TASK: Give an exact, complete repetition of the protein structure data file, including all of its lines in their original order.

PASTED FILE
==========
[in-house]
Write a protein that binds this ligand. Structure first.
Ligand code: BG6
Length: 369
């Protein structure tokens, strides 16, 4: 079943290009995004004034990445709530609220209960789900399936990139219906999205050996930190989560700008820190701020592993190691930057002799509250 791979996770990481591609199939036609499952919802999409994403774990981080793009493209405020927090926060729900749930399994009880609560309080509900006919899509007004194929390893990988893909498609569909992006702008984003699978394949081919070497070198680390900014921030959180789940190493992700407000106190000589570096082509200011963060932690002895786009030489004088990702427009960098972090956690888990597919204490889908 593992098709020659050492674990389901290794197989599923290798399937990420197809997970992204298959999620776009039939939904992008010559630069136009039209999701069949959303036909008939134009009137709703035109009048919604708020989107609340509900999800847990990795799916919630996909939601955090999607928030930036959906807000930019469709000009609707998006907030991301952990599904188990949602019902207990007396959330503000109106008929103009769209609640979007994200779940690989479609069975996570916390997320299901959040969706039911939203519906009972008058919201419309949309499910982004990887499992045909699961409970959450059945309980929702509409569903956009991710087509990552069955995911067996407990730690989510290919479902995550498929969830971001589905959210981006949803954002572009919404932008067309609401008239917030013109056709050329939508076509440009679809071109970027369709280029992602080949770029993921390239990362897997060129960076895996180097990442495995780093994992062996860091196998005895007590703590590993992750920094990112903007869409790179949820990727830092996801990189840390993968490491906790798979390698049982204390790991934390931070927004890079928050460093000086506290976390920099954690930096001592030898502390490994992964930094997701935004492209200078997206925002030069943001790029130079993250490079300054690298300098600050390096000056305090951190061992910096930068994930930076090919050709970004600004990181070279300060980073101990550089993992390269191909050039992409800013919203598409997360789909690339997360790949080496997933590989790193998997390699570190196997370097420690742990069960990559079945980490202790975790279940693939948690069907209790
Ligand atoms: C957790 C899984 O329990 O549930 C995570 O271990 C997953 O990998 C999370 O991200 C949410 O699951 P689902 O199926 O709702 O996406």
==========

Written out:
[in-house]
Write a protein that binds this ligand. Structure first.
Ligand code: BG6
Length: 369
């Protein structure tokens, strides 16, 4: 079943290009995004004034990445709530609220209960789900399936990139219906999205050996930190989560700008820190701020592993190691930057002799509250 791979996770990481591609199939036609499952919802999409994403774990981080793009493209405020927090926060729900749930399994009880609560309080509900006919899509007004194929390893990988893909498609569909992006702008984003699978394949081919070497070198680390900014921030959180789940190493992700407000106190000589570096082509200011963060932690002895786009030489004088990702427009960098972090956690888990597919204490889908 593992098709020659050492674990389901290794197989599923290798399937990420197809997970992204298959999620776009039939939904992008010559630069136009039209999701069949959303036909008939134009009137709703035109009048919604708020989107609340509900999800847990990795799916919630996909939601955090999607928030930036959906807000930019469709000009609707998006907030991301952990599904188990949602019902207990007396959330503000109106008929103009769209609640979007994200779940690989479609069975996570916390997320299901959040969706039911939203519906009972008058919201419309949309499910982004990887499992045909699961409970959450059945309980929702509409569903956009991710087509990552069955995911067996407990730690989510290919479902995550498929969830971001589905959210981006949803954002572009919404932008067309609401008239917030013109056709050329939508076509440009679809071109970027369709280029992602080949770029993921390239990362897997060129960076895996180097990442495995780093994992062996860091196998005895007590703590590993992750920094990112903007869409790179949820990727830092996801990189840390993968490491906790798979390698049982204390790991934390931070927004890079928050460093000086506290976390920099954690930096001592030898502390490994992964930094997701935004492209200078997206925002030069943001790029130079993250490079300054690298300098600050390096000056305090951190061992910096930068994930930076090919050709970004600004990181070279300060980073101990550089993992390269191909050039992409800013919203598409997360789909690339997360790949080496997933590989790193998997390699570190196997370097420690742990069960990559079945980490202790975790279940693939948690069907209790
Ligand atoms: C957790 C899984 O329990 O549930 C995570 O271990 C997953 O990998 C999370 O991200 C949410 O699951 P689902 O199926 O709702 O996406």